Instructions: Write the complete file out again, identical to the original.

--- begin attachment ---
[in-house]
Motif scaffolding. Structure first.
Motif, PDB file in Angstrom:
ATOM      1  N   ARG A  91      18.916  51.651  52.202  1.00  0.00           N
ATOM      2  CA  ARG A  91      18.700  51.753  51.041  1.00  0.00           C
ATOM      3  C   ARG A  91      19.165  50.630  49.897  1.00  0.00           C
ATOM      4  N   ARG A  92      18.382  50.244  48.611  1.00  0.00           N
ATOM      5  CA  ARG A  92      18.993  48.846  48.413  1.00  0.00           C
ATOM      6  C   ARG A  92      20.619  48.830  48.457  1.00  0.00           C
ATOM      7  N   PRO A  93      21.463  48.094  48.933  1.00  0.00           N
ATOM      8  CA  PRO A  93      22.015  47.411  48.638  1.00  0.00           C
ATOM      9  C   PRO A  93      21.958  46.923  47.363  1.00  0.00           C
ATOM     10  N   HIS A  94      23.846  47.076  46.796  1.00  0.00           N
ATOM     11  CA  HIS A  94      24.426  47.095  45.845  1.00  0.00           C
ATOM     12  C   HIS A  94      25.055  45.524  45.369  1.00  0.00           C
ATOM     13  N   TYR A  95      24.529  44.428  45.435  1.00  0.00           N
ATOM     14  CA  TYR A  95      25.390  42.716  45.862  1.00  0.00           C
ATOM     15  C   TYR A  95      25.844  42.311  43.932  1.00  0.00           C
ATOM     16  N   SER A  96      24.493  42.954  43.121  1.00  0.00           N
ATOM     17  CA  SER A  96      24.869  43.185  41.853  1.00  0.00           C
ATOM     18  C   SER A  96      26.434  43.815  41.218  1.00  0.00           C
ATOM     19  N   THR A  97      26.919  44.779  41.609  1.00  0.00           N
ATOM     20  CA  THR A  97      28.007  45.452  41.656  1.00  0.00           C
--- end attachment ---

[in-house]
Motif scaffolding. Structure first.
Motif, PDB file in Angstrom:
ATOM      1  N   ARG A  91      18.916  51.651  52.202  1.00  0.00           N
ATOM      2  CA  ARG A  91      18.700  51.753  51.041  1.00  0.00           C
ATOM      3  C   ARG A  91      19.165  50.630  49.897  1.00  0.00           C
ATOM      4  N   ARG A  92      18.382  50.244  48.611  1.00  0.00           N
ATOM      5  CA  ARG A  92      18.993  48.846  48.413  1.00  0.00           C
ATOM      6  C   ARG A  92      20.619  48.830  48.457  1.00  0.00           C
ATOM      7  N   PRO A  93      21.463  48.094  48.933  1.00  0.00           N
ATOM      8  CA  PRO A  93      22.015  47.411  48.638  1.00  0.00           C
ATOM      9  C   PRO A  93      21.958  46.923  47.363  1.00  0.00           C
ATOM     10  N   HIS A  94      23.846  47.076  46.796  1.00  0.00           N
ATOM     11  CA  HIS A  94      24.426  47.095  45.845  1.00  0.00           C
ATOM     12  C   HIS A  94      25.055  45.524  45.369  1.00  0.00           C
ATOM     13  N   TYR A  95      24.529  44.428  45.435  1.00  0.00           N
ATOM     14  CA  TYR A  95      25.390  42.716  45.862  1.00  0.00           C
ATOM     15  C   TYR A  95      25.844  42.311  43.932  1.00  0.00           C
ATOM     16  N   SER A  96      24.493  42.954  43.121  1.00  0.00           N
ATOM     17  CA  SER A  96      24.869  43.185  41.853  1.00  0.00           C
ATOM     18  C   SER A  96      26.434  43.815  41.218  1.00  0.00           C
ATOM     19  N   THR A  97      26.919  44.779  41.609  1.00  0.00           N
ATOM     20  CA  THR A  97      28.007  45.452  41.656  1.00  0.00           C